Trump tried to compare himself to Churchill but managed to get history completely wrong

Trump tried to compare himself to Churchill but managed to get history completely wrong

After facing criticism for reportedly downplaying the dangers of coronavirus, Donald Trump attempted to compare himself to the British wartime prime minister Winston Churchill but managed to get it completely wrong.

In a new book written by journalist Bob Woodward, which documents a series of interviews between him and the president between December and July, Trump is alleged to have been fully aware of how dangerous coronavirus was but downplayed it in order to not 'create a panic.' Trump reportedly said:

You just breathe the air and that's how it's passed. And so that's a very tricky one. That's a very delicate one. It's also more deadly than even your strenuous flues.

I wanted to always play it down. I still like playing it down, because I don't want to create a panic.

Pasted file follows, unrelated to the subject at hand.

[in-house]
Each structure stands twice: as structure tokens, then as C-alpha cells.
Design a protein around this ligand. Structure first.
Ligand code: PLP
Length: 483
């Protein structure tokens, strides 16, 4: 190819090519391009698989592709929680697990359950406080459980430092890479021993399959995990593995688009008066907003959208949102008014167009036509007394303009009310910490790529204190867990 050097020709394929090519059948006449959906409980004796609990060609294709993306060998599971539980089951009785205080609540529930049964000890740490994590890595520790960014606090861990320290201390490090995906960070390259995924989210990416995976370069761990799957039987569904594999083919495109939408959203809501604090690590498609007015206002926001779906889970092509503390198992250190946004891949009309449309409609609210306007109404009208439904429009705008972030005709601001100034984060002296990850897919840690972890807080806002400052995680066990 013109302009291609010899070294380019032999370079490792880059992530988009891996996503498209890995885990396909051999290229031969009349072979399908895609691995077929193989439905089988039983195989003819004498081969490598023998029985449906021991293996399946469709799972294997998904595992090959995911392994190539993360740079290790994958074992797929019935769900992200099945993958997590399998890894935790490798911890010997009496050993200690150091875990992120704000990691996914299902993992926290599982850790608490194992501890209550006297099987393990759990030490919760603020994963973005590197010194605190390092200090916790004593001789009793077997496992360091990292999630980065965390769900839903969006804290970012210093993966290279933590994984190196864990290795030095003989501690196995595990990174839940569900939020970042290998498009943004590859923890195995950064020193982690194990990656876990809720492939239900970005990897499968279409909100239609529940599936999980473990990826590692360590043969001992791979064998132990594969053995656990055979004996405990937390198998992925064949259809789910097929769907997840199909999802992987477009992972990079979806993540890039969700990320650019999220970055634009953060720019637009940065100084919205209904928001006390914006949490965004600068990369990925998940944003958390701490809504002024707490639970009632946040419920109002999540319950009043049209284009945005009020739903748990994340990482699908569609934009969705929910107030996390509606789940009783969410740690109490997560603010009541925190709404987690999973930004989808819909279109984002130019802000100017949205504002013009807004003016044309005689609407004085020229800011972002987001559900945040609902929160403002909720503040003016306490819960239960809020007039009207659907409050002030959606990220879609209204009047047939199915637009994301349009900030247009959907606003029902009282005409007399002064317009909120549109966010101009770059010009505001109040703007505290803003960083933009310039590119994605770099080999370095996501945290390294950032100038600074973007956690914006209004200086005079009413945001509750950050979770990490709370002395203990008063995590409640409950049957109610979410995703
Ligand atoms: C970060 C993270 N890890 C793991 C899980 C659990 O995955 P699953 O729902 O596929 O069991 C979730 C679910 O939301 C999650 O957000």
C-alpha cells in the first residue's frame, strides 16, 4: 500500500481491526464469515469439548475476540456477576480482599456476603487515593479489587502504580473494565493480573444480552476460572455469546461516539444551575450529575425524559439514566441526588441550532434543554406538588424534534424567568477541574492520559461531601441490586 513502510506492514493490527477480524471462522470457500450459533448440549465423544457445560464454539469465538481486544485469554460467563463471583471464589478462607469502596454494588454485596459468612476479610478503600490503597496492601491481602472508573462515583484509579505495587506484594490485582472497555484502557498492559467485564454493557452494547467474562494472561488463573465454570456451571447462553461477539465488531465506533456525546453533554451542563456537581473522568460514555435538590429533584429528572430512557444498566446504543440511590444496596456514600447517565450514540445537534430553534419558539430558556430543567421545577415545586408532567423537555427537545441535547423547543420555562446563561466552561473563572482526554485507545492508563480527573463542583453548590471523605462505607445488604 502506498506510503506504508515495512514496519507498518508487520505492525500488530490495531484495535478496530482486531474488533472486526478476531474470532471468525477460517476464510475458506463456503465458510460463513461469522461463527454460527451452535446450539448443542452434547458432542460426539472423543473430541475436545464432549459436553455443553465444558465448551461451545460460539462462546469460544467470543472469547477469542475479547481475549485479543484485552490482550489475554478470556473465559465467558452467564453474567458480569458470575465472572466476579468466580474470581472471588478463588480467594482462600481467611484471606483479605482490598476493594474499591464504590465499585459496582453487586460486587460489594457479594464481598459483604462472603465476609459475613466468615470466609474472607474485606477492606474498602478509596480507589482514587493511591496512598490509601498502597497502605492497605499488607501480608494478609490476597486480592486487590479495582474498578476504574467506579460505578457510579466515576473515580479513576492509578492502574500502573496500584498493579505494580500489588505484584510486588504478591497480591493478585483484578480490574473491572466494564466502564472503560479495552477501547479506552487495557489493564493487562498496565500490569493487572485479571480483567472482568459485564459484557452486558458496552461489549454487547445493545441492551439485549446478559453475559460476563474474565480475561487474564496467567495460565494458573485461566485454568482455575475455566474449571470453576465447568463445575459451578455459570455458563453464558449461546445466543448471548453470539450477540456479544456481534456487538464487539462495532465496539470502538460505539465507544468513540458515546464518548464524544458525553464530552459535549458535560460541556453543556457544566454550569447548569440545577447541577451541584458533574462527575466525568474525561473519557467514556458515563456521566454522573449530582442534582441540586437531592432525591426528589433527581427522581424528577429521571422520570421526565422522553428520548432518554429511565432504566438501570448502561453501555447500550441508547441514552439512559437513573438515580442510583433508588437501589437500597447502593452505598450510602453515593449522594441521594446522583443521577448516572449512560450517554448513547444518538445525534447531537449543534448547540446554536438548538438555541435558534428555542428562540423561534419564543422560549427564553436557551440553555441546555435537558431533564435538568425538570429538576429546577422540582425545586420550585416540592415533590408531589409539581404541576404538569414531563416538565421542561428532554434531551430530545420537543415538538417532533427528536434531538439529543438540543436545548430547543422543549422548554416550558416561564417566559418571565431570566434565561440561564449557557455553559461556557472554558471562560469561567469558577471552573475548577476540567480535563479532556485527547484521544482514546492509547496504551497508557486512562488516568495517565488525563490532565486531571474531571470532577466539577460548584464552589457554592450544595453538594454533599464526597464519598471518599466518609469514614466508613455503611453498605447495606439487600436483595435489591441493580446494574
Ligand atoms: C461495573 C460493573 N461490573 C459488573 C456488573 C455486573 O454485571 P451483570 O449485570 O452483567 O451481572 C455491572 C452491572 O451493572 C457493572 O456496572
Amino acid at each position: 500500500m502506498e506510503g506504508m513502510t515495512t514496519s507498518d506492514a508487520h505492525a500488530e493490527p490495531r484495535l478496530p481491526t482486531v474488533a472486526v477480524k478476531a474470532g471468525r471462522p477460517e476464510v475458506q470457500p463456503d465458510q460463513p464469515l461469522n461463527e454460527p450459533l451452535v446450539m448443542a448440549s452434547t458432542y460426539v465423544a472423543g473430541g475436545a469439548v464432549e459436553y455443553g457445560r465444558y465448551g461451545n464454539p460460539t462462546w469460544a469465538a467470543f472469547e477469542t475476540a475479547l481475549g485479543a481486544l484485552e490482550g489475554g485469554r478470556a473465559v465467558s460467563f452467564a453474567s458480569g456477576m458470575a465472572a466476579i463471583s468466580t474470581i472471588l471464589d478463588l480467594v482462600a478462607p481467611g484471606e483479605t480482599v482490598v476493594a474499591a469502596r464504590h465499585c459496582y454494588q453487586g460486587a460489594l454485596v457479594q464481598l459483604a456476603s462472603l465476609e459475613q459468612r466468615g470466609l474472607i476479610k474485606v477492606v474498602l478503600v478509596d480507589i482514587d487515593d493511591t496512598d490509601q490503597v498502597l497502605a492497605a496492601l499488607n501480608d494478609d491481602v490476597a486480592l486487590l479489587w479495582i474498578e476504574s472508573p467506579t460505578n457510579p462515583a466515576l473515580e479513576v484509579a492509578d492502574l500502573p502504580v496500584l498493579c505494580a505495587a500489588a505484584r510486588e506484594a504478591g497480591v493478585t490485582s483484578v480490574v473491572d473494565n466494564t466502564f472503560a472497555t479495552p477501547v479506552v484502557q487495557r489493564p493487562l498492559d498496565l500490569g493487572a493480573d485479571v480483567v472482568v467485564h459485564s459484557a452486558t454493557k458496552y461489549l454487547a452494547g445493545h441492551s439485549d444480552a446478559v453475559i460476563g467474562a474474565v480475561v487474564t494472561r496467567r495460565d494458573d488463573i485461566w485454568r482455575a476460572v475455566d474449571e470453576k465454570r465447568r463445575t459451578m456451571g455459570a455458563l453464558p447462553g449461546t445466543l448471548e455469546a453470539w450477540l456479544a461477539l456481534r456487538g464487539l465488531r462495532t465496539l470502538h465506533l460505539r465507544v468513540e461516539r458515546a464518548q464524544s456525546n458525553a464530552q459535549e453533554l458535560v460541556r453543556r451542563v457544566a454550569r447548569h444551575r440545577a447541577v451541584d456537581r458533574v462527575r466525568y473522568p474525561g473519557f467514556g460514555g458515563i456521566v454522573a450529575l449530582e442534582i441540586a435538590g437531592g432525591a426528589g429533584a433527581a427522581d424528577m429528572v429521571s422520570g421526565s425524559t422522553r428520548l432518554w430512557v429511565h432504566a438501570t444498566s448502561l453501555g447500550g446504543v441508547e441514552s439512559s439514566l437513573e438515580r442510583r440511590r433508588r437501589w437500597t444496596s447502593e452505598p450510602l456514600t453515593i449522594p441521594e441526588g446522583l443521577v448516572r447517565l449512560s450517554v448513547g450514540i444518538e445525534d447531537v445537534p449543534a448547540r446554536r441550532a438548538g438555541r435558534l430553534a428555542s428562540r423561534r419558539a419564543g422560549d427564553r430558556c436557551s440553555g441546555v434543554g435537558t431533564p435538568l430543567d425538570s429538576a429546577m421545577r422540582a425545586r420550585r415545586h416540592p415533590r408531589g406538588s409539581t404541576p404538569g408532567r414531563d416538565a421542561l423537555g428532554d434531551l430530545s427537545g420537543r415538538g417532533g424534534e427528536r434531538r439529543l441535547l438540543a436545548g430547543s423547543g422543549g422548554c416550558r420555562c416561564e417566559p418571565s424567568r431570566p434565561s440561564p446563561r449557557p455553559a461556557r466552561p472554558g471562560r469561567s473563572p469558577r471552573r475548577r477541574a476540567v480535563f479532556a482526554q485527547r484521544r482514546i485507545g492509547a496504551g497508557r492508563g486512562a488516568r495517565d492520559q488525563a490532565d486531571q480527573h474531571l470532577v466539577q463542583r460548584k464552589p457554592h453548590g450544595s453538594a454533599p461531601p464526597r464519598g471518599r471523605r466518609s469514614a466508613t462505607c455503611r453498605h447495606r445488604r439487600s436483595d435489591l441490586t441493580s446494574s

In an attempt to downplay this, Trump attempted to compare his words to that of Churchill in World War II, claiming the hailed prime minister for telling people to remain calm. Speaking at a rally in Michigan on Thursday, the POTUS said:

When Hitler was bombing London, Churchill, great leader, would oftentimes go to a roof in London and speak. 

And he always spoke with confidence. He said we have to show calmness. No, we did it the right way and we’ve done a job like nobody.

However, it soon became apparent that Trump had gotten his quote and facts about Churchill completely wrong. As many pointed out Churchill was fairly blunt and didn't downplay the seriousness of the war to the British people at all and almost did the complete opposite of telling people to remain calm.

Also at his Michigan rally, Trump falsely attributed another quote to the British government in World War II. He said:

As the British government advised the British people in the face of World War II, keep calm and carry on. That’s what I did.

ABC News report that the slogan was actually going to be used before WWII as a means to keep the public calm and distract them from the prospect of war. However, it was never actually used and only became well known after a poster bearing the slogan was found in recent years and was soon plastered across every piece of merchandise imaginable.

Oh dear, Donald. Time to get your head back in those history books.

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